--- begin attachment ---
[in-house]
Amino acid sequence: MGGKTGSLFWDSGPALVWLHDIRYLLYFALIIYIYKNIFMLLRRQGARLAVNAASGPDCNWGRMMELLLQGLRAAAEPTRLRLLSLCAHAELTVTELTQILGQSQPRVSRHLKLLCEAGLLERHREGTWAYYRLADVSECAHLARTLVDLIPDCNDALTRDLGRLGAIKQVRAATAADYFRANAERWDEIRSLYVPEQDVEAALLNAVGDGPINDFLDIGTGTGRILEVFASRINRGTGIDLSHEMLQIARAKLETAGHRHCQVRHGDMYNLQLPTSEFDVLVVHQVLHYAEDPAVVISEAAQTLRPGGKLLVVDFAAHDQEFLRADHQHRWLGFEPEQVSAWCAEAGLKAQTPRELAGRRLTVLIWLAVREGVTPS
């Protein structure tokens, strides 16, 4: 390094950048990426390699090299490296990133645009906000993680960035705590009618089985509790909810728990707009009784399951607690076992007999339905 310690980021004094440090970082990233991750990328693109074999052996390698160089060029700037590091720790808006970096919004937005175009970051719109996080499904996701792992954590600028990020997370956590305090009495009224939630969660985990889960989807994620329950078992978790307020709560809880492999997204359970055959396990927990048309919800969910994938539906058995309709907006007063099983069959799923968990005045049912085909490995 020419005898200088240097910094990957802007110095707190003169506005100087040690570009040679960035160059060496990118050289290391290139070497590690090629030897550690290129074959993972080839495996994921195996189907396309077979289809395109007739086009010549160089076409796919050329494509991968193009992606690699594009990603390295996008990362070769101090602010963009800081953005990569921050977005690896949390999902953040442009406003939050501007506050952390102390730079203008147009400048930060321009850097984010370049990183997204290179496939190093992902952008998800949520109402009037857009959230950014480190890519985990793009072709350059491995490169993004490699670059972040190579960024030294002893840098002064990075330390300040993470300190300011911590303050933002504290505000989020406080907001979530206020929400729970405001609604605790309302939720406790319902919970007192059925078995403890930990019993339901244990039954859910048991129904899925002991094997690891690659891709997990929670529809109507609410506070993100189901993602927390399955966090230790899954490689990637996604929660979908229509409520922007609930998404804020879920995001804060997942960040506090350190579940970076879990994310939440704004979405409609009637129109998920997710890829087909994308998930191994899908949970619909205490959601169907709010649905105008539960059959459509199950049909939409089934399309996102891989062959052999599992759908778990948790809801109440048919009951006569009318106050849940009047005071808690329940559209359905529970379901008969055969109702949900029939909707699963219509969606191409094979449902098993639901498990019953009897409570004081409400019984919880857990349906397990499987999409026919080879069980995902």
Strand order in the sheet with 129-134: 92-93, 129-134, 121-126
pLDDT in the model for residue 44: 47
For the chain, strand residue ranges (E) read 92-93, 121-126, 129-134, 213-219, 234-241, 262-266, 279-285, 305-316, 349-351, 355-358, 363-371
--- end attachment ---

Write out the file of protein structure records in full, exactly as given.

[in-house]
Amino acid sequence: MGGKTGSLFWDSGPALVWLHDIRYLLYFALIIYIYKNIFMLLRRQGARLAVNAASGPDCNWGRMMELLLQGLRAAAEPTRLRLLSLCAHAELTVTELTQILGQSQPRVSRHLKLLCEAGLLERHREGTWAYYRLADVSECAHLARTLVDLIPDCNDALTRDLGRLGAIKQVRAATAADYFRANAERWDEIRSLYVPEQDVEAALLNAVGDGPINDFLDIGTGTGRILEVFASRINRGTGIDLSHEMLQIARAKLETAGHRHCQVRHGDMYNLQLPTSEFDVLVVHQVLHYAEDPAVVISEAAQTLRPGGKLLVVDFAAHDQEFLRADHQHRWLGFEPEQVSAWCAEAGLKAQTPRELAGRRLTVLIWLAVREGVTPS
């Protein structure tokens, strides 16, 4: 390094950048990426390699090299490296990133645009906000993680960035705590009618089985509790909810728990707009009784399951607690076992007999339905 310690980021004094440090970082990233991750990328693109074999052996390698160089060029700037590091720790808006970096919004937005175009970051719109996080499904996701792992954590600028990020997370956590305090009495009224939630969660985990889960989807994620329950078992978790307020709560809880492999997204359970055959396990927990048309919800969910994938539906058995309709907006007063099983069959799923968990005045049912085909490995 020419005898200088240097910094990957802007110095707190003169506005100087040690570009040679960035160059060496990118050289290391290139070497590690090629030897550690290129074959993972080839495996994921195996189907396309077979289809395109007739086009010549160089076409796919050329494509991968193009992606690699594009990603390295996008990362070769101090602010963009800081953005990569921050977005690896949390999902953040442009406003939050501007506050952390102390730079203008147009400048930060321009850097984010370049990183997204290179496939190093992902952008998800949520109402009037857009959230950014480190890519985990793009072709350059491995490169993004490699670059972040190579960024030294002893840098002064990075330390300040993470300190300011911590303050933002504290505000989020406080907001979530206020929400729970405001609604605790309302939720406790319902919970007192059925078995403890930990019993339901244990039954859910048991129904899925002991094997690891690659891709997990929670529809109507609410506070993100189901993602927390399955966090230790899954490689990637996604929660979908229509409520922007609930998404804020879920995001804060997942960040506090350190579940970076879990994310939440704004979405409609009637129109998920997710890829087909994308998930191994899908949970619909205490959601169907709010649905105008539960059959459509199950049909939409089934399309996102891989062959052999599992759908778990948790809801109440048919009951006569009318106050849940009047005071808690329940559209359905529970379901008969055969109702949900029939909707699963219509969606191409094979449902098993639901498990019953009897409570004081409400019984919880857990349906397990499987999409026919080879069980995902």
Strand order in the sheet with 129-134: 92-93, 129-134, 121-126
pLDDT in the model for residue 44: 47
For the chain, strand residue ranges (E) read 92-93, 121-126, 129-134, 213-219, 234-241, 262-266, 279-285, 305-316, 349-351, 355-358, 363-371